There’s a video book trailer for The Perfect Poison, although it’s not one of the best. I enjoyed this book a lot, and in a way it reminded me of an earlier Amanda Quick book, Wicked Widow, because in both books the heroine is believed to be involved in wicked deeds.

Fired Up

Contemporary Setting / Hawaii
Book #7
Dreamlight Trilogy Book #1

Burning Lamp

Historical Setting
Book #8
Dreamlight Trilogy Book #2

Midnight Crystal

Futuristic/Paranormal Setting
Book #9
Dreamlight Trilogy Book #3

In Too Deep

Contemporary Setting
Book #10
Looking Glass Trilogy Book #1

Quicksilver

Historical Setting
Book #11
Looking Glass Trilogy Book #2

Canyons of Night

Futuristic/Paranormal Setting
Book #12
Looking Glass Trilogy Book #3

The Perfect Poison out in April

The next historical installment in Amanda Quick’s (aka Jayne Krentz’s) Arcane Society novels will be available in April 2009. I’m excited to see another historical installment because I really enjoyed The Third Circle. You can see my comments at the bottom of the Arcane Society page on StoryHeaven.

bookcover image of The Perfect Poison

The Perfect Poison

Book Description

A notorious lady botanist with a reputation for having poisoned an unwanted lover becomes passionately involved with a dangerous gentleman who uses his psychic talents to solve murders. For those who are following the Arcane Society series, this is the eagerly awaited story of Caleb Jones and the founding of Jones & Jones, the Society’s psychic detective agency.

And…

In Victorian London, spinster botanist and psychic Lucinda Bromley meets her match in Caleb Jones, a member of the Arcane Society and descendant of an alchemist family that makes him “the stuff of myth and legend.” Together, this paranormal pair of snoops sets out to track down a thief who made off with a dangerous plant implicated in the death of a wealthy lord, but wind up uncovering a sinister secret order.

I’m very much looking foward to this book. :)

Running Hot by Jayne Ann Krentz goes on sale Tuesday, December 30th

I didn’t get this one for a Christmas gift, so I guess I’ll be buying it for myself. I don’t mind, but I have to say, I’m really looking forward to it. I like the way the Arcane Society series is shaping up these days. Just yesterday I finished reading The Third Circle, the latest historical entry in the series of paranormal romances.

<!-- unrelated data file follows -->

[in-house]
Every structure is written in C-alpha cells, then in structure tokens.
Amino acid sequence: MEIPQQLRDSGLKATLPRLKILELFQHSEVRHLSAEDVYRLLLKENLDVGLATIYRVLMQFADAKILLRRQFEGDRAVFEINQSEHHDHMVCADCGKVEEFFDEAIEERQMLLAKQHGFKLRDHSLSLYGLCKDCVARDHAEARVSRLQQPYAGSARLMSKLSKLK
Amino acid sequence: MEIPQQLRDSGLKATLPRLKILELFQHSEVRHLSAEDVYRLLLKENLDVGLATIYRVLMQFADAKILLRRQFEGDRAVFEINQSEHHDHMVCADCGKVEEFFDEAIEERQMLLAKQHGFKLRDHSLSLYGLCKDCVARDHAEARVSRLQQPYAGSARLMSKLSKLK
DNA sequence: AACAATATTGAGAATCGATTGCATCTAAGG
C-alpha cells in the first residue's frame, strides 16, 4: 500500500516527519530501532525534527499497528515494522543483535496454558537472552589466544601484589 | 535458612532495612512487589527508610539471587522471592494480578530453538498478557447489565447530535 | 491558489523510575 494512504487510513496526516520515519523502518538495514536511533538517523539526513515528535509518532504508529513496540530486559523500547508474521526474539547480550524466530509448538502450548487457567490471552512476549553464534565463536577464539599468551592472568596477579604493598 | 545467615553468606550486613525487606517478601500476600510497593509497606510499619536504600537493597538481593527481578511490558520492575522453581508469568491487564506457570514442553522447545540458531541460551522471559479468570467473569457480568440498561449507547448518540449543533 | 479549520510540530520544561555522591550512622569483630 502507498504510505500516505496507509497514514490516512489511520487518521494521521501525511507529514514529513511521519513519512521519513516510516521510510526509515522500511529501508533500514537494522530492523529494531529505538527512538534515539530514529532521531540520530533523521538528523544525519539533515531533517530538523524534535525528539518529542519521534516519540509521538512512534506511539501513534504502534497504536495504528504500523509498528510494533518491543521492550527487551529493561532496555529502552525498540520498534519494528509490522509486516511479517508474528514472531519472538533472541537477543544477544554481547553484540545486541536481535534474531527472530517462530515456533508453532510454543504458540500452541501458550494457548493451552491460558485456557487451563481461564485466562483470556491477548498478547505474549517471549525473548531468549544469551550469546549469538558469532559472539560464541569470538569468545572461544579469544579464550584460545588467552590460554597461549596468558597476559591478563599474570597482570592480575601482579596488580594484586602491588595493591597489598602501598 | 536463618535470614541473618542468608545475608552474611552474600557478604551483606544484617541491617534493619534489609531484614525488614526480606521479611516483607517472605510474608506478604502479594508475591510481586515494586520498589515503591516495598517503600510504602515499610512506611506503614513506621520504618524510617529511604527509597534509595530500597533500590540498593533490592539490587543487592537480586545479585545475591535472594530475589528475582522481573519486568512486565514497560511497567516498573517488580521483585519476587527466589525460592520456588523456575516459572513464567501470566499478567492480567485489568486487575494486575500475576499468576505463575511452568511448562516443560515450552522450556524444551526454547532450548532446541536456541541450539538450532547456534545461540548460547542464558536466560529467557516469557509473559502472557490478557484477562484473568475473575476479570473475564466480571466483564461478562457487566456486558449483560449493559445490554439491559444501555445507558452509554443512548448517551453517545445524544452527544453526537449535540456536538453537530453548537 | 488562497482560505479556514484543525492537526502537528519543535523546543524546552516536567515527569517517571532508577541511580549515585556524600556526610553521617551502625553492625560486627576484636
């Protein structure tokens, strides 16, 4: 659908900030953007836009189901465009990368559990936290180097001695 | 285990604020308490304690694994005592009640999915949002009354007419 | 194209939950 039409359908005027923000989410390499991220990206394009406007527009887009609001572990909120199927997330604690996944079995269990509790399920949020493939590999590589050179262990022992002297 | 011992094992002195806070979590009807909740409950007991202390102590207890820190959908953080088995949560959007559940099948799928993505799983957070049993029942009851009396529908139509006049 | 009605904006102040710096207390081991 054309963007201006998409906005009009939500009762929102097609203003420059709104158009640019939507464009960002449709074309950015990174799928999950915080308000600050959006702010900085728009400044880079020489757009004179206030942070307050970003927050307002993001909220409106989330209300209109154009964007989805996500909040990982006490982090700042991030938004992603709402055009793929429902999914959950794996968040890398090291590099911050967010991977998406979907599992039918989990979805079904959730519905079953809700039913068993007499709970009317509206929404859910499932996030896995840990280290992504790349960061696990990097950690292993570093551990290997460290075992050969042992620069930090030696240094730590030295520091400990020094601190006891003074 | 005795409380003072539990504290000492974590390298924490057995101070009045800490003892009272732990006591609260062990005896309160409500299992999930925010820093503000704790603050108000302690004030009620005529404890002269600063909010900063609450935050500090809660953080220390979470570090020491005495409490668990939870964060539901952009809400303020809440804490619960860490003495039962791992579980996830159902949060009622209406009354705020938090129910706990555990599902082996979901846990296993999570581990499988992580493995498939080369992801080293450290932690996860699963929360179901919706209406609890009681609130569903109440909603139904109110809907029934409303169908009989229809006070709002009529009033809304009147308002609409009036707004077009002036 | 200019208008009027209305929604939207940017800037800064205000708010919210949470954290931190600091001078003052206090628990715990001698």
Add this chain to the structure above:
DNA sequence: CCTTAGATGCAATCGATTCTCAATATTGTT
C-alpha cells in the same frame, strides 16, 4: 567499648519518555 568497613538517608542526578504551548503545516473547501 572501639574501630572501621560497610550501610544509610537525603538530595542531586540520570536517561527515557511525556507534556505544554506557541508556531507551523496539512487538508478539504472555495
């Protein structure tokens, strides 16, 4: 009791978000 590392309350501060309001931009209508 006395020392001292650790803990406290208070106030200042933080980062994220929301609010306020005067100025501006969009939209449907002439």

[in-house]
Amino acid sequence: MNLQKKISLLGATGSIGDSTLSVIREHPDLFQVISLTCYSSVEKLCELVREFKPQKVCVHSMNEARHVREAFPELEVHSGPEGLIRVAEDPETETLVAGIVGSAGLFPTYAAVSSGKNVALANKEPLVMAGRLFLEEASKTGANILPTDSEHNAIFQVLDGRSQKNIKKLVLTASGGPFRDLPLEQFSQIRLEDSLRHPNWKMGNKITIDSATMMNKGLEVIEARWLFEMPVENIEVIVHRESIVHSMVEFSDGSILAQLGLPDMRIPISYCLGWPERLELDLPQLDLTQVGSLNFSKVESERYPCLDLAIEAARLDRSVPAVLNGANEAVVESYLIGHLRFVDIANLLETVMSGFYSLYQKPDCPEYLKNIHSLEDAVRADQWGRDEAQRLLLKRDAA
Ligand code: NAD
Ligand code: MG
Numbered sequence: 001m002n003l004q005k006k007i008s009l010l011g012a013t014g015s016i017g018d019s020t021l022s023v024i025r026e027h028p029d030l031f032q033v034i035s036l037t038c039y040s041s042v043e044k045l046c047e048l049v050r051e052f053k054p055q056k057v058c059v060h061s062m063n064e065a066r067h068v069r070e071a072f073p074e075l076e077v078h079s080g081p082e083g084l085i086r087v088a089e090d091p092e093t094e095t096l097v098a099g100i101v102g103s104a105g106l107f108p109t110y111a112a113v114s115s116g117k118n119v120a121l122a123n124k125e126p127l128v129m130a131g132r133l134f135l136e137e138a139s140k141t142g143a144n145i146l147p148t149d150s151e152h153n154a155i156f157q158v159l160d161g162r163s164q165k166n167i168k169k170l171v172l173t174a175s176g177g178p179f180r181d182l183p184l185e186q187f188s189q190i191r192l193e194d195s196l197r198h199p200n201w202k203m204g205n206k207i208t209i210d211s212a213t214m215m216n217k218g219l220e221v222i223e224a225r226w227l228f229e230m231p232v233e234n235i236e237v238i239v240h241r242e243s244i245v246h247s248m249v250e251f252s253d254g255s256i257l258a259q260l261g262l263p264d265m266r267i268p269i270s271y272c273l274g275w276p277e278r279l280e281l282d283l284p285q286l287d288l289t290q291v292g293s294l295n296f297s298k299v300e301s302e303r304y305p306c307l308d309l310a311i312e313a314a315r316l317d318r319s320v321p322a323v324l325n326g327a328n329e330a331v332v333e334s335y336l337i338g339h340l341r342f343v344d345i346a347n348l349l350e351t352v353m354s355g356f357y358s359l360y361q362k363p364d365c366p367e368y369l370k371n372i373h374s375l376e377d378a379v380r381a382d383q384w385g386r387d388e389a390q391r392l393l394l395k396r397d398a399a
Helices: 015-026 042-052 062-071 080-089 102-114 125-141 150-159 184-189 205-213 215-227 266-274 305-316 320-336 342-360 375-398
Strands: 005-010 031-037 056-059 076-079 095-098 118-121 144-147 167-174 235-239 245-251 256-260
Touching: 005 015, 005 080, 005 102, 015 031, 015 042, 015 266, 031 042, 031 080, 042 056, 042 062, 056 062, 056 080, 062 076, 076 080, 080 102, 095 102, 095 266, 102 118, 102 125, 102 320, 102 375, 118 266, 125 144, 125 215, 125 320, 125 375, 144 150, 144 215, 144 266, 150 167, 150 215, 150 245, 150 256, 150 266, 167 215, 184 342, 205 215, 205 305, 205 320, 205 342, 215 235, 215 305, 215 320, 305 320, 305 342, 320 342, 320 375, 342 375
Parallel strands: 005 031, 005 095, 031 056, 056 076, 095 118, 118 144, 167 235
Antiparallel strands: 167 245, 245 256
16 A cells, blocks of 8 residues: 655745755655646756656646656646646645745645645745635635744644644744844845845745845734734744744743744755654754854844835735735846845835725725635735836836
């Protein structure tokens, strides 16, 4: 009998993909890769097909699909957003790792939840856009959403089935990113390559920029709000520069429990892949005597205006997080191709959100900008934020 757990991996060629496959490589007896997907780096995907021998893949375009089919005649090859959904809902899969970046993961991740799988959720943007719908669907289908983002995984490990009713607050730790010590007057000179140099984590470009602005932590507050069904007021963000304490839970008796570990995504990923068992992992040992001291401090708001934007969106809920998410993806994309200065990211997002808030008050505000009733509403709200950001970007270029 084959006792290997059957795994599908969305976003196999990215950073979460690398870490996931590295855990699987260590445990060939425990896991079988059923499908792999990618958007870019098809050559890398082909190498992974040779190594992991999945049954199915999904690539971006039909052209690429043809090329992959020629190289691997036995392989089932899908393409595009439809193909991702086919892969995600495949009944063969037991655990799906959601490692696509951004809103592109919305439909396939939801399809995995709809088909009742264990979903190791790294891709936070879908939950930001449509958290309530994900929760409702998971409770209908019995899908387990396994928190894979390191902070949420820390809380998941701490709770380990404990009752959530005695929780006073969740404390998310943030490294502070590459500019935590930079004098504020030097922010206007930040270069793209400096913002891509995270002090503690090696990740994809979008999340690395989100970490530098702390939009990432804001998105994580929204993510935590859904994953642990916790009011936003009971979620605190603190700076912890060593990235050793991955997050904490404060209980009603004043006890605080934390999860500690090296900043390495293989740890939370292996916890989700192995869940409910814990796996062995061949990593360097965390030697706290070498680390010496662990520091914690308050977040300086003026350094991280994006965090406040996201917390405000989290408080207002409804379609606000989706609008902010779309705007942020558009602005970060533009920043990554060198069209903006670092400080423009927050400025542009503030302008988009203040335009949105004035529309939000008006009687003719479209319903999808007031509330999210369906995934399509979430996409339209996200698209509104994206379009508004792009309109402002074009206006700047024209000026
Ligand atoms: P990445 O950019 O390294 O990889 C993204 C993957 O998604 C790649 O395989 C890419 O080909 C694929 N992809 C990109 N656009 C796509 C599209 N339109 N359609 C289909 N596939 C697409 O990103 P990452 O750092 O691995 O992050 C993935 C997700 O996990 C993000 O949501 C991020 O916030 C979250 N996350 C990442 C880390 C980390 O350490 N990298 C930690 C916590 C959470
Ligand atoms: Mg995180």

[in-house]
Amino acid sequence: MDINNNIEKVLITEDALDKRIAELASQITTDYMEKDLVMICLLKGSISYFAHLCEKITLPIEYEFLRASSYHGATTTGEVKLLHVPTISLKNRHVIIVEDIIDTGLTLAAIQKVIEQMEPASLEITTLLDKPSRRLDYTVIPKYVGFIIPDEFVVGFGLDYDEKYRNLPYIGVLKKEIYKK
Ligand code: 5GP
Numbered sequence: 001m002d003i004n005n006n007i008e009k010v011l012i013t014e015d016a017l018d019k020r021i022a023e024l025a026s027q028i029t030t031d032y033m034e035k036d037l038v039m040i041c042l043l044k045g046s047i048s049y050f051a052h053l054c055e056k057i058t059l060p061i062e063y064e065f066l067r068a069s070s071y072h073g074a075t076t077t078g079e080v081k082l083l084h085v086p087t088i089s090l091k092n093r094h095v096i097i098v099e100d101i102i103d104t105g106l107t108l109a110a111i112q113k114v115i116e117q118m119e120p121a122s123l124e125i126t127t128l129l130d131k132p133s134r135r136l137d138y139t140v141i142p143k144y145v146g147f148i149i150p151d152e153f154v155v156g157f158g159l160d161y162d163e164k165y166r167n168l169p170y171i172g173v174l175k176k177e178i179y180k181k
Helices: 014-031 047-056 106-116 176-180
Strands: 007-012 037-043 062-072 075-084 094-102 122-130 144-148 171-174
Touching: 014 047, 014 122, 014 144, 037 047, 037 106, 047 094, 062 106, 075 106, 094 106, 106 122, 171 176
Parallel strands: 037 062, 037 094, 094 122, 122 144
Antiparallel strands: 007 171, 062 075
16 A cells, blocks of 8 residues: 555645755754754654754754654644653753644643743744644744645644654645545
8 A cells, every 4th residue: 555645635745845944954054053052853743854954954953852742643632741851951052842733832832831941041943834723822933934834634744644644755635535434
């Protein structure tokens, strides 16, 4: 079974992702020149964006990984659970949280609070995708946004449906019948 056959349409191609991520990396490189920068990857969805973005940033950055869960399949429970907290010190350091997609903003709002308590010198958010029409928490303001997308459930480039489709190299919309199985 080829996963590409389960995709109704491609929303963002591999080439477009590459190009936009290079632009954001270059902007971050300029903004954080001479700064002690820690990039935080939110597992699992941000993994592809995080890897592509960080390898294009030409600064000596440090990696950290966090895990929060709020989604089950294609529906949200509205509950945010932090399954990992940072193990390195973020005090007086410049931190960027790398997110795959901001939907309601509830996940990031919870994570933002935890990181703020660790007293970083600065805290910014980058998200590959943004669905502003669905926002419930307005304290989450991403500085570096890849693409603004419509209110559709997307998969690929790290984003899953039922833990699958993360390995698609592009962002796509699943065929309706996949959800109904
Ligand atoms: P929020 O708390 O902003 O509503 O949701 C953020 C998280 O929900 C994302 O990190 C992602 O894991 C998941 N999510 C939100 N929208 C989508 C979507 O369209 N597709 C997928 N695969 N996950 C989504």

I have to say, I’m looking forward to this book more and more. That said, I think I’m looking forward to the next historical set novel even more! I want a story about Caleb Jones. I wonder if Amanda Quick will give me one? What do you think?

Oh, and if you haven’t watched it yet, don’t skip the book trailer for Running Hot.

The Eclipse Bay Trilogy by Jayne Ann Krentz

So today I started listening to the Eclipse Bay Trilogy. Eclipse Bay is one of the few books, along with its sequels, I haven’t read by Jayne Krentz. I don’t know why I didn’t read them, other than that they didn’t come out in hardcover, but I’m so glad I decided to read them now. It’s like a sweet little Christmas gift to myself while I wait to find out if I got Running Hot as a present.

I’m trying out a new format for the book though. I’ve downloaded the audio version of Eclipse Bay and I’ve been listening to that as I do Holiday stuff that needs doing, such as gift wrapping. The thing is, though, I feel like I’m missing something. The first love scene in the book was completely glossed over. I know I was listening in bed (I have the book on my smartphone) but I thought I might have fallen asleep or otherwise skipped over something, until I realized I had an abridged version. I wasn’t aware that it was abridged when I downloaded it. I took a look at the book (I have a paperback copy of Eclipse Bay, of course) and that was how I discovered the abridged-ness of the audio version I was listening to.

Bummer.

I was really enjoying not having to work at reading a book. However, there’s no way I can enjoy it now, knowing that I’m probably missing all the good stuff.

Now I’m just trying to decide if I want to finish listening, or go to the book and start over from the beginning!

What would you do?